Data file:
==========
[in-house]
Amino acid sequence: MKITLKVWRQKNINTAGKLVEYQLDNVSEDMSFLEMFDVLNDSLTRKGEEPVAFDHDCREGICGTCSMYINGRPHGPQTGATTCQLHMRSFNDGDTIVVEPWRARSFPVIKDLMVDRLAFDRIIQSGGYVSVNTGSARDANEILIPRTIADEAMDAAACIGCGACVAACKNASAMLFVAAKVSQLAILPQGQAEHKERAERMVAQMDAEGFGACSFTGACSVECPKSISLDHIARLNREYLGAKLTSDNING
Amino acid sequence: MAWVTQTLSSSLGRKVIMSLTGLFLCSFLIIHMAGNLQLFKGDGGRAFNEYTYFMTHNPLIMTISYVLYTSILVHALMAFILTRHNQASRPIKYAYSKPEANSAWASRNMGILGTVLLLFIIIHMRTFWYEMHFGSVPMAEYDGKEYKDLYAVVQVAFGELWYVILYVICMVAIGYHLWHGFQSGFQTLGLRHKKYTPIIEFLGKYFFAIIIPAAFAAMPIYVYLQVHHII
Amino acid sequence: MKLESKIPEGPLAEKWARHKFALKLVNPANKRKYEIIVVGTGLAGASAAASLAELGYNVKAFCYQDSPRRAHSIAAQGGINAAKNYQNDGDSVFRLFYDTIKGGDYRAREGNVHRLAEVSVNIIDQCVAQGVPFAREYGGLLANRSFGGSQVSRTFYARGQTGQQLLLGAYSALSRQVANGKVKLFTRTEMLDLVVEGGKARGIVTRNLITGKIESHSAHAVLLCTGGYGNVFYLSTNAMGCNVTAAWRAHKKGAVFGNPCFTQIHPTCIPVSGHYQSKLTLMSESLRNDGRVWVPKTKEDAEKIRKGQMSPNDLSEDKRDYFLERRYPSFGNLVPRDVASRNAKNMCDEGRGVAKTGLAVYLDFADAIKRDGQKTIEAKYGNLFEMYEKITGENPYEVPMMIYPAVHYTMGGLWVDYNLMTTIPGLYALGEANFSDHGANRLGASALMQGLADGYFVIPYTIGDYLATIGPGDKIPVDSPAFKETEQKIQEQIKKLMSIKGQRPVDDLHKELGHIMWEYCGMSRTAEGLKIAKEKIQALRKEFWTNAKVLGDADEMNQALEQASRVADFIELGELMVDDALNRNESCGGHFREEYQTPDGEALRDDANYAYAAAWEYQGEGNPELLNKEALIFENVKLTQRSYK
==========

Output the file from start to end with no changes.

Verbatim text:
[in-house]
Amino acid sequence: MKITLKVWRQKNINTAGKLVEYQLDNVSEDMSFLEMFDVLNDSLTRKGEEPVAFDHDCREGICGTCSMYINGRPHGPQTGATTCQLHMRSFNDGDTIVVEPWRARSFPVIKDLMVDRLAFDRIIQSGGYVSVNTGSARDANEILIPRTIADEAMDAAACIGCGACVAACKNASAMLFVAAKVSQLAILPQGQAEHKERAERMVAQMDAEGFGACSFTGACSVECPKSISLDHIARLNREYLGAKLTSDNING
Amino acid sequence: MAWVTQTLSSSLGRKVIMSLTGLFLCSFLIIHMAGNLQLFKGDGGRAFNEYTYFMTHNPLIMTISYVLYTSILVHALMAFILTRHNQASRPIKYAYSKPEANSAWASRNMGILGTVLLLFIIIHMRTFWYEMHFGSVPMAEYDGKEYKDLYAVVQVAFGELWYVILYVICMVAIGYHLWHGFQSGFQTLGLRHKKYTPIIEFLGKYFFAIIIPAAFAAMPIYVYLQVHHII
Amino acid sequence: MKLESKIPEGPLAEKWARHKFALKLVNPANKRKYEIIVVGTGLAGASAAASLAELGYNVKAFCYQDSPRRAHSIAAQGGINAAKNYQNDGDSVFRLFYDTIKGGDYRAREGNVHRLAEVSVNIIDQCVAQGVPFAREYGGLLANRSFGGSQVSRTFYARGQTGQQLLLGAYSALSRQVANGKVKLFTRTEMLDLVVEGGKARGIVTRNLITGKIESHSAHAVLLCTGGYGNVFYLSTNAMGCNVTAAWRAHKKGAVFGNPCFTQIHPTCIPVSGHYQSKLTLMSESLRNDGRVWVPKTKEDAEKIRKGQMSPNDLSEDKRDYFLERRYPSFGNLVPRDVASRNAKNMCDEGRGVAKTGLAVYLDFADAIKRDGQKTIEAKYGNLFEMYEKITGENPYEVPMMIYPAVHYTMGGLWVDYNLMTTIPGLYALGEANFSDHGANRLGASALMQGLADGYFVIPYTIGDYLATIGPGDKIPVDSPAFKETEQKIQEQIKKLMSIKGQRPVDDLHKELGHIMWEYCGMSRTAEGLKIAKEKIQALRKEFWTNAKVLGDADEMNQALEQASRVADFIELGELMVDDALNRNESCGGHFREEYQTPDGEALRDDANYAYAAAWEYQGEGNPELLNKEALIFENVKLTQRSYK